Yes, they can making working from home a condition of your job. But if you’re generally in good standing and you explain that your family situation makes this impossible (as opposed to just “I don’t want to”), they might be very willing to try to work with you on this — to let you take unpaid leave, a leave of absence, or something else. (Hell, they might be relieved to have a lower payroll right now, if there’s another way for your work to get done). Or they might push back and tell you that a lot of people are working from home in less-than-ideal circumstances right now, and they might pressure you to do the same. But it’s a reasonable conversation to have.

The problem, though, is how your work will get done. If there’s no one who can fill in for you, they’ll need to hire someone else to do your job. They might be willing to hire someone temporarily, especially if training someone to pick up the job would be pretty straightforward. But if it will be tough to hire and train someone else right now, they might really lean on you to find a way to make it work.

4. Can I ask for a phone meeting to learn more about a job that’s closed?

I recently got word of a job posting at an organization I’m very interested in working for. The person who posted the job opening is the person responsible for evaluating applications, so I connected with them on social media to express interest and asked some questions about the opportunity. They were helpful and personable and gave detailed answers.

Shortly after it was posted, they let me know that they’re actually taking down the opening for now and will likely reopen it later on in a couple months. (I’m guessing they’re waiting for things to stabilize regarding coronavirus.) I want to make sure I stay top of mind because I’d love to work there, and I’m wondering what the best way to do that would look like? Can I request a phone meeting to learn more about their work/their organization and just get to know them? Can I use that phone meeting to ask more questions about what they’re looking for with that position once they start intending to hire for it again so I can tailor my resume/cover letter and make sure it’s a good fit for me?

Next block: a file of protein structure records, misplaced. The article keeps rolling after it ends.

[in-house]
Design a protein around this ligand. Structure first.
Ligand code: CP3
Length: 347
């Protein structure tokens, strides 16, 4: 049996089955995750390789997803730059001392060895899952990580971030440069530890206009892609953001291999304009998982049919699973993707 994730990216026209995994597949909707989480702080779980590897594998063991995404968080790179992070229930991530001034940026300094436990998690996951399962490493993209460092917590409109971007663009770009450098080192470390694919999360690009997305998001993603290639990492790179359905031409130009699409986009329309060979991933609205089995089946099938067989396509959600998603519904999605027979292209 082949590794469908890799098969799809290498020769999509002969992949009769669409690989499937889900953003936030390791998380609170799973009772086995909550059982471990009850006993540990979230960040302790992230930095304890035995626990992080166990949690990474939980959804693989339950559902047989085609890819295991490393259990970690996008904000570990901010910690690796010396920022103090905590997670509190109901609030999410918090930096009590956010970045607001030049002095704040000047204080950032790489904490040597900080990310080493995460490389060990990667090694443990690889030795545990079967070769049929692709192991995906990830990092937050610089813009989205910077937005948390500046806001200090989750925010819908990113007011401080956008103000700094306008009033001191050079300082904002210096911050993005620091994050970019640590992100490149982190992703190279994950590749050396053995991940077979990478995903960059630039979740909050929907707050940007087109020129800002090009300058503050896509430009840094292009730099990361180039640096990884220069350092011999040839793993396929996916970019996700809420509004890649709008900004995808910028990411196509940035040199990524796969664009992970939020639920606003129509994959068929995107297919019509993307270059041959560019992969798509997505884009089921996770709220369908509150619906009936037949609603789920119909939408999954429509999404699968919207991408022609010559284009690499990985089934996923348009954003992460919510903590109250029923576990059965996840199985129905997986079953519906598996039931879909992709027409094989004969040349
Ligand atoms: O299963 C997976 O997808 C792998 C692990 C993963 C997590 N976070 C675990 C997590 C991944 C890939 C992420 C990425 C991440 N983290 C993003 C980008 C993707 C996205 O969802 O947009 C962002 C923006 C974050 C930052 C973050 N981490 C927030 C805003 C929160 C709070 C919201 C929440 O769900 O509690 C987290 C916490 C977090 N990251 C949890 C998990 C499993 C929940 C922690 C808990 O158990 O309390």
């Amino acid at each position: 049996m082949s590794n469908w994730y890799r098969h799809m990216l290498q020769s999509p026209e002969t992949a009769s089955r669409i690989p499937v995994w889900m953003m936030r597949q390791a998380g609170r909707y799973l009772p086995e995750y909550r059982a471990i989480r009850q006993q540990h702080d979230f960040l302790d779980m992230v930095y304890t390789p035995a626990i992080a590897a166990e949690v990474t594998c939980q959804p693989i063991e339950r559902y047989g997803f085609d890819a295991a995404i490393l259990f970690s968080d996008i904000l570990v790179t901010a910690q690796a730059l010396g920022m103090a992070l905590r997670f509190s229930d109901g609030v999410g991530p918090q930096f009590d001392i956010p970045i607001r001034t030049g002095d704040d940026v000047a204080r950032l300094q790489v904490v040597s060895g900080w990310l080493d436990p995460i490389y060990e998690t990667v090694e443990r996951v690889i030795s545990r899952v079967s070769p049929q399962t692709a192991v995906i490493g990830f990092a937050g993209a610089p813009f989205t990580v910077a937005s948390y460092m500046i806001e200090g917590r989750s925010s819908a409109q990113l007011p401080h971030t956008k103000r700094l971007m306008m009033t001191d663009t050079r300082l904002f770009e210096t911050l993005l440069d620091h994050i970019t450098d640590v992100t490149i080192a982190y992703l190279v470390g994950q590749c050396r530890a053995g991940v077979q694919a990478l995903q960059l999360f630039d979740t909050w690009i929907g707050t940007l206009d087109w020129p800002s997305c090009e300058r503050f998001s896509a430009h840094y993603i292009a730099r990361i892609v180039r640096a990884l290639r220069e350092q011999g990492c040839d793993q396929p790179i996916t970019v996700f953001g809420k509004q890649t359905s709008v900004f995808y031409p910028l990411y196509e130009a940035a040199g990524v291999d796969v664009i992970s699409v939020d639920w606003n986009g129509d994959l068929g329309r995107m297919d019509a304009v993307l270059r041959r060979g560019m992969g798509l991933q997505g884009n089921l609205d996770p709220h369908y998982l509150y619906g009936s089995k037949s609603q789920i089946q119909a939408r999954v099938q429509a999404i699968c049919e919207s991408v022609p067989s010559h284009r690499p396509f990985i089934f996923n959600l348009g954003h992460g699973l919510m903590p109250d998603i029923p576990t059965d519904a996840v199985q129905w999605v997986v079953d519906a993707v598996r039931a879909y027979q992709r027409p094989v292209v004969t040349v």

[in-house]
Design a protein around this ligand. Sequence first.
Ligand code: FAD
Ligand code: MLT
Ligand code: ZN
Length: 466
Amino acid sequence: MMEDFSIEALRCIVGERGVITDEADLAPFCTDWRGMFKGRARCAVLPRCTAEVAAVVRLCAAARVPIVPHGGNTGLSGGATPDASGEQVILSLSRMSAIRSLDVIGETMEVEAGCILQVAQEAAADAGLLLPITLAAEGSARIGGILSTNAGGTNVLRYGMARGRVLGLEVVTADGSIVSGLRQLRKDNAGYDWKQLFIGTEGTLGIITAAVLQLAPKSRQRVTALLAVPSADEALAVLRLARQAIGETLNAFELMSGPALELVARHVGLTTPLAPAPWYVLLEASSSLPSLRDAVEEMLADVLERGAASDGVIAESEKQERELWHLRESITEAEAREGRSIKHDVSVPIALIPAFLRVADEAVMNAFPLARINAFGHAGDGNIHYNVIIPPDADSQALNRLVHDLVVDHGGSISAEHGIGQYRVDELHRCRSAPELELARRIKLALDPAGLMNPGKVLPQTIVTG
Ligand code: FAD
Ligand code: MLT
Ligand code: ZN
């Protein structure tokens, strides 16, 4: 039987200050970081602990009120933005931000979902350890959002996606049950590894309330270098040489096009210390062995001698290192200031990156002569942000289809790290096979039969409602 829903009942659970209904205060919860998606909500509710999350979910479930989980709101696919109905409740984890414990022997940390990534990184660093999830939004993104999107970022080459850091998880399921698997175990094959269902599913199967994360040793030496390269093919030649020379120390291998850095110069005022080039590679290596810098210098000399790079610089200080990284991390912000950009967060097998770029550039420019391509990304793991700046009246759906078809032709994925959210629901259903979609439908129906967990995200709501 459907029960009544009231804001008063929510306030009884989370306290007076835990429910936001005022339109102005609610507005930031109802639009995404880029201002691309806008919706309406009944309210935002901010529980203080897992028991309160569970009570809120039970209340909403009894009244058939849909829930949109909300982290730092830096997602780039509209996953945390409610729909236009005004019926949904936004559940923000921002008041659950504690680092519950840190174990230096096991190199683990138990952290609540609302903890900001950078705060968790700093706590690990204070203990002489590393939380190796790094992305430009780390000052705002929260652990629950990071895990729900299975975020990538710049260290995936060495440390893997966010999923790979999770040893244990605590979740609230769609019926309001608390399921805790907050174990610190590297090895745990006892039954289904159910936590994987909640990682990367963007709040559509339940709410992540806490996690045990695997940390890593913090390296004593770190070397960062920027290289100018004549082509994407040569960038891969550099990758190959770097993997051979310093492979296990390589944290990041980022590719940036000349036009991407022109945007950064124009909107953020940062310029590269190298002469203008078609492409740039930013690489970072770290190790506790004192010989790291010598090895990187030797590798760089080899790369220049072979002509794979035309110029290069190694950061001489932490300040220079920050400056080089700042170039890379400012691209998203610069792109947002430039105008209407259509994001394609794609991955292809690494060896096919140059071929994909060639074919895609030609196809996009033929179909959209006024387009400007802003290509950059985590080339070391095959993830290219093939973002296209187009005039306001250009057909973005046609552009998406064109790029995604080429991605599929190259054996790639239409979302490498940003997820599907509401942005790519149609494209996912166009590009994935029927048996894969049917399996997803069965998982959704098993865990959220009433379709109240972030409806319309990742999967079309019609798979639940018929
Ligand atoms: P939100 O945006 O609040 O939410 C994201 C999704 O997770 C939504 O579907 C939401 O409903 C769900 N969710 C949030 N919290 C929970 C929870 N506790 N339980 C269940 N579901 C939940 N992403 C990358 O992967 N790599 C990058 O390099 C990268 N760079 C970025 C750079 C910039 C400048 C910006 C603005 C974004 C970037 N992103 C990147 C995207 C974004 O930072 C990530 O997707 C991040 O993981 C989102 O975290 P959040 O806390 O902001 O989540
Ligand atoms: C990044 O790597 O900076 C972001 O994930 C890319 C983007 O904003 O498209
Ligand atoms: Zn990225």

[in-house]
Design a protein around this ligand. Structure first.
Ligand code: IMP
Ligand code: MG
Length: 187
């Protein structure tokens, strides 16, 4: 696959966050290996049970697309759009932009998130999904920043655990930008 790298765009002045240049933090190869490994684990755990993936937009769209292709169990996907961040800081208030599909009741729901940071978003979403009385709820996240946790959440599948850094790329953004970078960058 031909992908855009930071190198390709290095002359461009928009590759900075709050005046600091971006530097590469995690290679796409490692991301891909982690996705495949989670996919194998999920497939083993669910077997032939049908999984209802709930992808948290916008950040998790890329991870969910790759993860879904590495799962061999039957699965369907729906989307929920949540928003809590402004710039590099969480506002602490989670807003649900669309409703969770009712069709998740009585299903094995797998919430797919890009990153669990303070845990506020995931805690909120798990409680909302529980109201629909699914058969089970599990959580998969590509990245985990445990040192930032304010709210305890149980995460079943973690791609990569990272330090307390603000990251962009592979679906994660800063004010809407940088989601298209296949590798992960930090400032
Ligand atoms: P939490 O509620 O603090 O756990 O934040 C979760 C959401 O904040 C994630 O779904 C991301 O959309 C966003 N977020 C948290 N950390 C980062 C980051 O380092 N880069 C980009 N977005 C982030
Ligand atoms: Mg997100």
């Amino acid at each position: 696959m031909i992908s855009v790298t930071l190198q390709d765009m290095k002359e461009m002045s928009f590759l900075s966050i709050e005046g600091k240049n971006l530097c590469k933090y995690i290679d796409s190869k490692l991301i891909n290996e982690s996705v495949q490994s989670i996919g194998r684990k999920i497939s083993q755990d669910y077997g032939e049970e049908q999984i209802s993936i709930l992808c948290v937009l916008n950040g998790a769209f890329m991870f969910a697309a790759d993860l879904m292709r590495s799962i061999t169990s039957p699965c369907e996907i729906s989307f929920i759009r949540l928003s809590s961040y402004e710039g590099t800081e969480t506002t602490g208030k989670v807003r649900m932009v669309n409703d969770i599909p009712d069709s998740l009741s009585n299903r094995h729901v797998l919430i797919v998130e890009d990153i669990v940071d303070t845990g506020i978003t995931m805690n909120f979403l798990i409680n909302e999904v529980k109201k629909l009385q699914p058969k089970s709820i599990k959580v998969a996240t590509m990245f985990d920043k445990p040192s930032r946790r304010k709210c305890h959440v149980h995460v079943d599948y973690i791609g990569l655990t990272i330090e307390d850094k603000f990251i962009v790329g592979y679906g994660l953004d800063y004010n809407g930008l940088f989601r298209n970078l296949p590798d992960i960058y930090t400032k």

Don’t do any of that! It’s too likely to come across as annoying and inconsiderate of their time. They’re busy with priorities higher than this position that’s no longer open, and you’ll come across as trying to use their time to help yourself (and when they’ve already done a conversation with you to answer your questions). When the position opens back up, they’ll presumably have a hiring process that’s designed to give strong candidates the chance to learn more about them — but if you try to claim that time for yourself now, you’ll be circumventing the part of the process where they first assess your qualifications against other candidates and decide if it makes sense to put you in the small group of people they’re investing their time in.

Instead, just keep an eye on their job postings, apply when the job opens back up, and mention in your cover letter that you spoke with Jane Smith back in April and are excited to learn more now.

5. Do employers ever discriminate based on where you live?

I was speaking with a colleague who has had a successful career and has changed jobs throughout it. We were going over someone’s resume, and my colleague said to remove the address as there could be discrimination based on the fact that it is a poorer, less white neighborhood. She said she never includes her address.

I had never thought of this and I have always included at least my town and state on my resume. Is there any basis for this and should people leave off their town if they feel they would be rejected because of it?

You can leave your town off if you want. It’s very common to see resumes without a street address (just city and state), and it’s increasingly common to not even see the city and state. Most hiring managers do prefer to see city and state — it can be annoying when candidates aren’t up-front about whether they’re local or would need to relocate — but it’s very unlikely that you’d be rejected for not including it; they’d just ask you about your location early in their process.

That said, if you’re applying through an employer’s online system (as opposed to just emailing your resume), you’re probably going to be asked for your address anyway (although often that info isn’t passed along when your resume makes it way to the hiring manager).

But to what you’re really asking: Yes, location discrimination can be a thing. It’s not a common thing, but if you know that your region has significant class and racial division and/or prejudice against particular neighborhoods, it’s not unreasonable to take steps to guard against it.

You may also like:are anonymous surveys really anonymous?asked to give feedback on my manager’s performancemy boss trying to find out who wrote an anonymous sexism report

will employers care I’ve been venting on Twitter, I got confronted about “anonymous” feedback, and more was originally published by Alison Green on Ask a Manager.